What followed is known as the “Dr. Pain Train”. It wasn’t a bullet train, or anything like that. It was just a slow steady, “smell the barn”, “get us home” sort of train. Pfaff Daddy pulled a couple of times to spell me, but he was getting seriously dehydrated or something, so as a good team mate I just kept chugging along.

Then we started hearing the strangest sounds from one of our accompanying riders (Porta Potty guy). He seemed a very likable, very enthusiastic young man, but he was prone to sudden, loud, whoops, squeals, sighs, and indescribable vocalizations. These began to increase in frequency as we neared the finish. With about 4 miles to go, we exited the last single track, and I started to hear some wild animal sounds coming from our companion. Sometimes, there was some English thrown in. The only bit I caught was “I can’t get anything to come up.” It was this point, that Pfaff Daddy was heard to say “No offense, but I’m moving around you. I don’t want to get puked on!” He made it. Chapeau to him for what was clearly a very hard, gritty race.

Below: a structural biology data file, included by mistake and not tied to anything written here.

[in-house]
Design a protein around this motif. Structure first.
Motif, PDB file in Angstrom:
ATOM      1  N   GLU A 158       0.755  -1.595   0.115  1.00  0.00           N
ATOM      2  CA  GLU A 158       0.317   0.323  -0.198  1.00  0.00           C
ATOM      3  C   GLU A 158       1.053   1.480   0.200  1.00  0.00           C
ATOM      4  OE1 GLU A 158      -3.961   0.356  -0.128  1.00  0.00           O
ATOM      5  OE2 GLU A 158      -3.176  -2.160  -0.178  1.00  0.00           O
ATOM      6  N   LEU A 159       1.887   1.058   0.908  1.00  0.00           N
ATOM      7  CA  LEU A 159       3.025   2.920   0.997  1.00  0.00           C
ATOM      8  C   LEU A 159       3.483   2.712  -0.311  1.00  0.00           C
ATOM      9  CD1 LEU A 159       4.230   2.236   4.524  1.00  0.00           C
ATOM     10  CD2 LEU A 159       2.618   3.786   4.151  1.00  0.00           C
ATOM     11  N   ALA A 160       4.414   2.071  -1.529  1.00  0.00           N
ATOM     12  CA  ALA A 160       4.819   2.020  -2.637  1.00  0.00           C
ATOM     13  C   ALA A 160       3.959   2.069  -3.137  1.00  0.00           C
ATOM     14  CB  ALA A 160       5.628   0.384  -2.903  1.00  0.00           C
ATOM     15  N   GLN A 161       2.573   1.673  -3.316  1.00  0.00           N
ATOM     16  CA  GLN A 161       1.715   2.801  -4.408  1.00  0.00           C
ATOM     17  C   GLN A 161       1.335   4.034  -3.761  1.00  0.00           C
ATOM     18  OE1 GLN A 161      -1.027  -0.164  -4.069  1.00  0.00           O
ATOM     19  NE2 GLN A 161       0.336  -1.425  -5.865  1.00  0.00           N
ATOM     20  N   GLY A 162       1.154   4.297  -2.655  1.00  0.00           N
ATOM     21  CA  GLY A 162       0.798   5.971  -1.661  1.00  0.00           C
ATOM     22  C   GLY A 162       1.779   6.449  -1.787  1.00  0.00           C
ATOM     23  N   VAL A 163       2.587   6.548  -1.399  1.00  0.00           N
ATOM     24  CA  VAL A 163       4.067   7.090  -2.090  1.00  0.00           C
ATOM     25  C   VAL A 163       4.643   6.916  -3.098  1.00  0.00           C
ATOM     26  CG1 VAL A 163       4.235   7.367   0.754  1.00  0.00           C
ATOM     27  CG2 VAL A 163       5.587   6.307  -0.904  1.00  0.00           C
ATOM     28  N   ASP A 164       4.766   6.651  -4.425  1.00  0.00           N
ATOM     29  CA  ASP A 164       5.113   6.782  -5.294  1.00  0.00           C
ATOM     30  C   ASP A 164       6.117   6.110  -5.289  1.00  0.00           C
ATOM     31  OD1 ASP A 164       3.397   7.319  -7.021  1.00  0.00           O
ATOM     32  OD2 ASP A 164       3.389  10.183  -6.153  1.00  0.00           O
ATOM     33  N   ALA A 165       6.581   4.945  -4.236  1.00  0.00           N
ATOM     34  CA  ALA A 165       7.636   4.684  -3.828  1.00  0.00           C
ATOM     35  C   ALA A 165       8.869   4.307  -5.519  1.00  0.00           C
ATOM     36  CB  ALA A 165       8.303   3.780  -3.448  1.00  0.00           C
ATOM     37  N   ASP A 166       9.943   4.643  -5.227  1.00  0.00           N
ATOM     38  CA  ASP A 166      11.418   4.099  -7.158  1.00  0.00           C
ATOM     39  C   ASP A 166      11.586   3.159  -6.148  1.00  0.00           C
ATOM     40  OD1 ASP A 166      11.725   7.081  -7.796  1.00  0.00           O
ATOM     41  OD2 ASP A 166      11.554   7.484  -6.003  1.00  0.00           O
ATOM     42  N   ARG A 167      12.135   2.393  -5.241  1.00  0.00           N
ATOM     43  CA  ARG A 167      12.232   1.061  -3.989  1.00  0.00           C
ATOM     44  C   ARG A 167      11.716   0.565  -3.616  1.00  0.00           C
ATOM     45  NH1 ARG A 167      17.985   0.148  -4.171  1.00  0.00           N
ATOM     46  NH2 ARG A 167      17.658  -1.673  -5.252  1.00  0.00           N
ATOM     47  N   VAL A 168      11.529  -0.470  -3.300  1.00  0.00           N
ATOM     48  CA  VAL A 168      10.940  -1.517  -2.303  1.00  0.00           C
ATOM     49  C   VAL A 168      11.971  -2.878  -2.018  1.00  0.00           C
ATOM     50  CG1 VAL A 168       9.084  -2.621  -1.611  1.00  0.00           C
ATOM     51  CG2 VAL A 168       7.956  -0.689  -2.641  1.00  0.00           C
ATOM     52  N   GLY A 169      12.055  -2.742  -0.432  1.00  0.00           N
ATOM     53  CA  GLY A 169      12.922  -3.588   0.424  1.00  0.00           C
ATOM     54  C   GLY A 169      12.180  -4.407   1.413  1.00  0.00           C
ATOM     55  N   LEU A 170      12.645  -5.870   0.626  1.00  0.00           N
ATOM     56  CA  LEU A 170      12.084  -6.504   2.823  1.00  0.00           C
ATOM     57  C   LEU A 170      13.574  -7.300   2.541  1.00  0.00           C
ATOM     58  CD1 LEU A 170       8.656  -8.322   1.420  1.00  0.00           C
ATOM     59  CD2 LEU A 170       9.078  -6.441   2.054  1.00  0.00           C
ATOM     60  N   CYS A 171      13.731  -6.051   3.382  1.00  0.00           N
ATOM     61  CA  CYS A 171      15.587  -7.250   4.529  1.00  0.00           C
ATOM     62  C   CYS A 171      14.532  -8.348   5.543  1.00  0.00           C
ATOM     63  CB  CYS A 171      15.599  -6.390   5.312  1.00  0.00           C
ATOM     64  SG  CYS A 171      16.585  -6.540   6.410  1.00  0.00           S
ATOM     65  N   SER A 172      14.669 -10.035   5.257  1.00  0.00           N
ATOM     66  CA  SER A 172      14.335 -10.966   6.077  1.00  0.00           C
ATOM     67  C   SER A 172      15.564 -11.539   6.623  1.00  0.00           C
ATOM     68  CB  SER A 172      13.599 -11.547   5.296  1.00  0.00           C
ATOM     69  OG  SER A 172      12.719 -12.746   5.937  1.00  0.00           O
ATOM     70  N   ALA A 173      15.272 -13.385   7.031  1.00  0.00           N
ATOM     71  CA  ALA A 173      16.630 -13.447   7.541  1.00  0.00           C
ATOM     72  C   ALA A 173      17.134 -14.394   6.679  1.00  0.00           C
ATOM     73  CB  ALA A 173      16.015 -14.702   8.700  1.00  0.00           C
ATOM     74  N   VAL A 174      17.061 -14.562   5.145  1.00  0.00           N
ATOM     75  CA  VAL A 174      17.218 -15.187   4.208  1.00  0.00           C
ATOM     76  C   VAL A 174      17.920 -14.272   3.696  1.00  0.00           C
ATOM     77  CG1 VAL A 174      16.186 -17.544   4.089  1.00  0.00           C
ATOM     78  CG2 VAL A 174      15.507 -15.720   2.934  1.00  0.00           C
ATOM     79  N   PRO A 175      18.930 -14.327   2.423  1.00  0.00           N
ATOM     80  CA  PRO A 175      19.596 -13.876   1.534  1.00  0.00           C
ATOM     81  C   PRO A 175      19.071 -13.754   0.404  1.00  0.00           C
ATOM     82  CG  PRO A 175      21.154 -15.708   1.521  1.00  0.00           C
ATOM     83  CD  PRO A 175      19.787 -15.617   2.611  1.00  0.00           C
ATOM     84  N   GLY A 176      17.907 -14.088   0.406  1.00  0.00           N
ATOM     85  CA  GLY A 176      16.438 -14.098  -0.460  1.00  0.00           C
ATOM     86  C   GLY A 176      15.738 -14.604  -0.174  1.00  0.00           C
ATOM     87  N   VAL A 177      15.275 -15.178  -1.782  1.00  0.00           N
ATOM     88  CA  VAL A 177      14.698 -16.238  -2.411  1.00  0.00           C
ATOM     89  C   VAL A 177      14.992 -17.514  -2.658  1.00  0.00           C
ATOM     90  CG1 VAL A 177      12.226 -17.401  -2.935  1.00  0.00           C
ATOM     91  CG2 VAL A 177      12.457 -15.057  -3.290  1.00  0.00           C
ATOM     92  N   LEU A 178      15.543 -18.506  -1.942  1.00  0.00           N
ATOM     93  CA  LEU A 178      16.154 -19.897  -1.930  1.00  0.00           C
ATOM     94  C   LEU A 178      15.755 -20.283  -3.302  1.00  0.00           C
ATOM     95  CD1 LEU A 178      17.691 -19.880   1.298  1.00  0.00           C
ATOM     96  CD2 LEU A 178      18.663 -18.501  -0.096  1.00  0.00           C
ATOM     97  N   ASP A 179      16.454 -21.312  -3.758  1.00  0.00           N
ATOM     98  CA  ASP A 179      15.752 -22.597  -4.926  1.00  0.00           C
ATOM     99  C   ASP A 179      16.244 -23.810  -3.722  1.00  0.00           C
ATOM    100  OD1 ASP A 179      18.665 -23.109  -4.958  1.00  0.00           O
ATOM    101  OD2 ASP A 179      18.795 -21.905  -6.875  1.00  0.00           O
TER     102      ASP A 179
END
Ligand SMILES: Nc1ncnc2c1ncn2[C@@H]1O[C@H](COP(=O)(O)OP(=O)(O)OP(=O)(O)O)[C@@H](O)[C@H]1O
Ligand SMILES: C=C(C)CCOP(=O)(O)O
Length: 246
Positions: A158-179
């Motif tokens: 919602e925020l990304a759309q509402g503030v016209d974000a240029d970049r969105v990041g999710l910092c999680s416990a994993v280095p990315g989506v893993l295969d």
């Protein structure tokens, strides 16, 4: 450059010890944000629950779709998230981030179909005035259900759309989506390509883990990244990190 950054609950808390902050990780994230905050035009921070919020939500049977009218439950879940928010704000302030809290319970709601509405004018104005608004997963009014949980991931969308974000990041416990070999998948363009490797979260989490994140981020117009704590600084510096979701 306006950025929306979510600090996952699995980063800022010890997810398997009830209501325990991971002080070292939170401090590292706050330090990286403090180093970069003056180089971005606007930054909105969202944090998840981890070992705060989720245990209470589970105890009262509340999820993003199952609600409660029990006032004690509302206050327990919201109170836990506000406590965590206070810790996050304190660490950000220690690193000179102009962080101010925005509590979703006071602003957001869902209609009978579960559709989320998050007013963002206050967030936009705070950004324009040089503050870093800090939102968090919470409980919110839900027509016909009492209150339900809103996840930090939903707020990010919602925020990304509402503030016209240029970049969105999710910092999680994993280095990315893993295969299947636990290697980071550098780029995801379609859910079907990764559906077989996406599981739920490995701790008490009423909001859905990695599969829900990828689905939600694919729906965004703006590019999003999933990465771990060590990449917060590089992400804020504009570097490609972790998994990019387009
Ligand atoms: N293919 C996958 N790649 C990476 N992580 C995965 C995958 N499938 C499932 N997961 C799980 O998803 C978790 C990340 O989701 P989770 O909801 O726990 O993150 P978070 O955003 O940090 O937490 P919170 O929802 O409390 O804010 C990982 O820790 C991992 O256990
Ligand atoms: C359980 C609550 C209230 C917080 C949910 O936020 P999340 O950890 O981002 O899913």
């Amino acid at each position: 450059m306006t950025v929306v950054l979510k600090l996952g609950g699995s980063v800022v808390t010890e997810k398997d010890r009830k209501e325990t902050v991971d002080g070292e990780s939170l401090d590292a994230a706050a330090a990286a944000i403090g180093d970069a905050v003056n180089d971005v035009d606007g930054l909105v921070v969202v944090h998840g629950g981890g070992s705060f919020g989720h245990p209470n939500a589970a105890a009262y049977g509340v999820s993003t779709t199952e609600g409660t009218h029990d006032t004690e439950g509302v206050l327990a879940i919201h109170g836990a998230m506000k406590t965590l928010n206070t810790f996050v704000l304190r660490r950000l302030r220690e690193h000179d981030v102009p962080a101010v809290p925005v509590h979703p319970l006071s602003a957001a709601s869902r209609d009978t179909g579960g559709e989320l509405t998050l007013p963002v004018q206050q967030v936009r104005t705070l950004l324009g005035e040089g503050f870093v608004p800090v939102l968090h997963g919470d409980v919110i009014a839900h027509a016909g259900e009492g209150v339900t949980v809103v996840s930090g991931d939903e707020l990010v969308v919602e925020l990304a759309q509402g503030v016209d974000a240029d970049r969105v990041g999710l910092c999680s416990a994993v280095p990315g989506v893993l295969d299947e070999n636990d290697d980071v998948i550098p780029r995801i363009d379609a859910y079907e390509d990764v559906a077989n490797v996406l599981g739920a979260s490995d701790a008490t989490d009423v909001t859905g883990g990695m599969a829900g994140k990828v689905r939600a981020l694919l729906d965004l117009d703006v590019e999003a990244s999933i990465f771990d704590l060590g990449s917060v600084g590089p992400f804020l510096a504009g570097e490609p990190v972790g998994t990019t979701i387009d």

So, we wobbled across the line 45 minutes slower than the day before, and yet even more knackered. More from the fact that more than half the field DNF’d, Pfaff Daddy and I were 10th and 11th… about a day behind the winners.

Conclusion: This race was unexpectedly hard. The G.C. crew has done longer gravel races, races with lots of mountains, races with unbelievable levels of mud, lots of hot, humid races, freezing cold races. All of them had excellent competitors. So, why was this one so bloody hard? Potholes. They suck the life out of you. Hiking trails. They beat the life out of you. Congratulations to all of the marvelously friendly folk that competed, and the organizers who put on a well-run event. I’m knackered from it.

 

Equipment

The only shining success was my choice of equipment. American Classic 29’er Race wheels handled every pothole, and my lack of single track skills without a single hitch, and rolled faster than I could make them go. True as new. Specialized Renegade 1.8’s suffered no punctures, or traction loss. The Quiring stainless steel frame was perfect. My new Ultegra Di2 system never missed a shift, as long as I pressed the right button.

Thank you for reading!

4 comments on “Hell Hole Gravel Grind Stage Race Report: by Dr. Pain

  1. Erudite tome my good Doctor Pain.
    It emulates Dante’s Inferno and the nine levels of hell.
    Well, three levels anyway.
    I feel for all those DNF lost souls.
    Glad I’m not one of them.
    K-Dogg

  2. What a great account of the race. You managed to put to paper many of the thoughts I had. Thanks for helping me relive some of what it was like!